Code Pink

October is breast cancer awareness month. In my work this is an important month. It includes legislative breakfasts, educational sessions, screening events, and op-eds for newspapers.

Despite the plethora of information on breast cancer there are times when the information gets lost in the shuffle of life. Messages that would best go from our heads to our health get lost. In an effort to change that I’ve posted an infographic on breast cancer. It’s a different way of looking at what may be old information.

My hope is that you will not only look but act — if you’re young make sure the older women in your life see and know the facts; if you’re older make sure you are regularly screened; if you’re a survivor, share your story! We need to hear it.

Make October more than pink ribbons – make it action!

Code Pink

4 thoughts on “Code Pink

  1. Please pray for my friend’s niece, Madison Billingsley age 24, whose mother died 18 months ago from Breast Cancer. Madison herself has just been diagnosed with breast cancer. She’s scheduled for surgery Thursday, October 11th. Needless to say, her family is still grieving and reeling from her mom’s death. Madison’s diagnosis seems horrific and cruel.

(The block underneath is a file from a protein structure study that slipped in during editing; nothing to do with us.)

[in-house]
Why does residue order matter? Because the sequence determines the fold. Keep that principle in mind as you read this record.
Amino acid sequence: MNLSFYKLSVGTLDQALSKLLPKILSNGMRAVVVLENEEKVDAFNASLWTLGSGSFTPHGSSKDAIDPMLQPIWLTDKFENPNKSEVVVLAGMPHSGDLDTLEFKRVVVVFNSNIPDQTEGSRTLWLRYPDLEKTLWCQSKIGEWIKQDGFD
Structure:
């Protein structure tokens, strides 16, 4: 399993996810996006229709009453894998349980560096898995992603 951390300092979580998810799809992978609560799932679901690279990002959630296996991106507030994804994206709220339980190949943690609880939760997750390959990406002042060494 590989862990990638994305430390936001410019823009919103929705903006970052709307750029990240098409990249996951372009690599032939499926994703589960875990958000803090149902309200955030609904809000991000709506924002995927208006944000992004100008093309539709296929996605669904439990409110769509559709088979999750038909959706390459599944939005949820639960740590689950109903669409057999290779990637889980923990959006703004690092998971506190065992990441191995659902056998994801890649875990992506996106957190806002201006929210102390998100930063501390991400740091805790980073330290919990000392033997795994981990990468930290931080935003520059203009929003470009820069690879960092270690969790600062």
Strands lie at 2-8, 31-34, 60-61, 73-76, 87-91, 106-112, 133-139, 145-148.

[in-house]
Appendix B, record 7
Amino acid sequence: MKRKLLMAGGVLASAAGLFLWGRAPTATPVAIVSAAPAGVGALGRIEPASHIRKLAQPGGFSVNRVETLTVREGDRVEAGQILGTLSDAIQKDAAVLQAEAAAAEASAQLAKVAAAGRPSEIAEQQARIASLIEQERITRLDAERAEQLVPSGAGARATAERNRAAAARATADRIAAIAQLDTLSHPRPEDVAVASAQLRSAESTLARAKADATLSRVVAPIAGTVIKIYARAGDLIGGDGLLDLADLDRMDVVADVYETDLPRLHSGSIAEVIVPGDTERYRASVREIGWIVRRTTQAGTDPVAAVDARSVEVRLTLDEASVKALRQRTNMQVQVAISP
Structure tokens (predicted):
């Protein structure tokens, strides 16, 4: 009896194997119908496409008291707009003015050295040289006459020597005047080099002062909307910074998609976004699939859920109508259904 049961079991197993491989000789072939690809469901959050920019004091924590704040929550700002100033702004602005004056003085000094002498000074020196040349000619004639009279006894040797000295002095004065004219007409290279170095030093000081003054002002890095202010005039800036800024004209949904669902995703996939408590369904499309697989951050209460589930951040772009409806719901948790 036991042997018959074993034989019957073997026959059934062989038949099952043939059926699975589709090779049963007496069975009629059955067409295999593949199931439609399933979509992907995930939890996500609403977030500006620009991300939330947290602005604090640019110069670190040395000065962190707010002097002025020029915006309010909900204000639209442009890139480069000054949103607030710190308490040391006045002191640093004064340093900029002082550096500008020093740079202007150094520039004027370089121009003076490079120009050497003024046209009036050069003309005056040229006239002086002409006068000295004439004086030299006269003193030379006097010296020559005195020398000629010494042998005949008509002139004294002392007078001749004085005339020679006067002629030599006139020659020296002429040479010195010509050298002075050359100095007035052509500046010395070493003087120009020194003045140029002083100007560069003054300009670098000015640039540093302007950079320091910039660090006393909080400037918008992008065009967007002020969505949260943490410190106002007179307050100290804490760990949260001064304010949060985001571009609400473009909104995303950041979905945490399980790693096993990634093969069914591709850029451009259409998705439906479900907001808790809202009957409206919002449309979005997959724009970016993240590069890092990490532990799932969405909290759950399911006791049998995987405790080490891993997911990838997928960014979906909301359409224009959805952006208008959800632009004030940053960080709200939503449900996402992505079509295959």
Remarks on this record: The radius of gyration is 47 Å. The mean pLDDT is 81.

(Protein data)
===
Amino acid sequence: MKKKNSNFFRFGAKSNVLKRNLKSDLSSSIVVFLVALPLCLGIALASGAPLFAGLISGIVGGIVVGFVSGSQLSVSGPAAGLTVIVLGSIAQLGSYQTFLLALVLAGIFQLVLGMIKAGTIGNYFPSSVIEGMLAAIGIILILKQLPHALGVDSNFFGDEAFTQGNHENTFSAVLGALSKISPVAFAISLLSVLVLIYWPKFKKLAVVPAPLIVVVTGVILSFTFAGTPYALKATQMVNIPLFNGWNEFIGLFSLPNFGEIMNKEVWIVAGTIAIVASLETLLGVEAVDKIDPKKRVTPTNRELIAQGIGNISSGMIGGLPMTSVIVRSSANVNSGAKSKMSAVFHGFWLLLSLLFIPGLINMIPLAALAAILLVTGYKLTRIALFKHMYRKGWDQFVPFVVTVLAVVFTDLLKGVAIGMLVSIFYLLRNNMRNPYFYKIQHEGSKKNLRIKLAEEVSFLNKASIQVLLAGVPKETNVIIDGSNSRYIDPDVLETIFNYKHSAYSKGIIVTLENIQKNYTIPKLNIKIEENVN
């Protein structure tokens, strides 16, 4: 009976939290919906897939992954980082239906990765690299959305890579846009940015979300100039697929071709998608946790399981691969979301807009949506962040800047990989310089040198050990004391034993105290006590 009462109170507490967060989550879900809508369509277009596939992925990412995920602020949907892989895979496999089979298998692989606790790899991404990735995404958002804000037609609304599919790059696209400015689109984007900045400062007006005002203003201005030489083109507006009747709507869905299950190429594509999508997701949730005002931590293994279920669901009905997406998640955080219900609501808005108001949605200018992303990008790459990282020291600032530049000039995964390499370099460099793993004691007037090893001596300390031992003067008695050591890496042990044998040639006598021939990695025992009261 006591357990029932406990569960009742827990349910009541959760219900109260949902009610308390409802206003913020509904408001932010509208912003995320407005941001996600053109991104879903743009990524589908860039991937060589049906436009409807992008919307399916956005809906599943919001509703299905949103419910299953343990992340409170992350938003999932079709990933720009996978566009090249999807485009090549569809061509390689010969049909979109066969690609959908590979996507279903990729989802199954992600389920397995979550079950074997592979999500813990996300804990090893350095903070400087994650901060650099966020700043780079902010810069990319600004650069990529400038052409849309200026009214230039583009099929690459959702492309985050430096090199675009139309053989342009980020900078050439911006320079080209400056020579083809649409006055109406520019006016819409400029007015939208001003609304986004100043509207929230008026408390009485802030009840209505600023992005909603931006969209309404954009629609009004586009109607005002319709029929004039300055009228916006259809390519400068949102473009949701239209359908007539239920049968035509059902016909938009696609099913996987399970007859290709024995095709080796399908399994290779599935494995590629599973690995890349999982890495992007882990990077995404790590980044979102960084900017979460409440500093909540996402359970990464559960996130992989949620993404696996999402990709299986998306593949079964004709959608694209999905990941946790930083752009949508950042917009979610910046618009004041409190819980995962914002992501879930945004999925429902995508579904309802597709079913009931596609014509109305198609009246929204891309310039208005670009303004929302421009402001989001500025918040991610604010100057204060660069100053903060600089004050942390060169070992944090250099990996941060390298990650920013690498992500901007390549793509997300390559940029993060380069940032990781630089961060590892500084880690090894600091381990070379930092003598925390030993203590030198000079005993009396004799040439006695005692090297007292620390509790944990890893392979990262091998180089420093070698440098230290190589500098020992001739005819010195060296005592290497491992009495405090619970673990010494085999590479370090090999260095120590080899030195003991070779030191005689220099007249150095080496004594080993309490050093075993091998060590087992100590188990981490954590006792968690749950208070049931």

1. Be assured that I will pray on behalf of Madison and her extended family. Every time I walk through the cancer institute lobby at work, I have a heavy heart as I look at each individual and family whose reality is a cancer diagnosis. May Madison’s family experience a measure of grace that gives them peace of heart and soul while they are on this journey.


  2. I appreciate that it shows on the graph that the leading cause of death in women from cancer is lung cancer. And it is not limited to smokers, 30% of people with lung cancer are never smokers. Kind of reveals my passion as I work with lung cancer patients. And smoking not only increases one’s risk for lung cancer, but also for BREAST cancer. So please encourage those around you to not start, to avoid second hand smoke and other environmental exposures. That is something that we do have the ability to be proactive in. And encourage those you know who may not have easy access to to medical screening and care (such as immigrants and refugees) by taking them, volunteering at a screening or just be a good friend.


Add to the discussion...

Fill in your details below or click an icon to log in: Logo

You are commenting using your account. Log Out /  Change )

Twitter picture

You are commenting using your Twitter account. Log Out /  Change )

Facebook photo

You are commenting using your Facebook account. Log Out /  Change )

Connecting to %s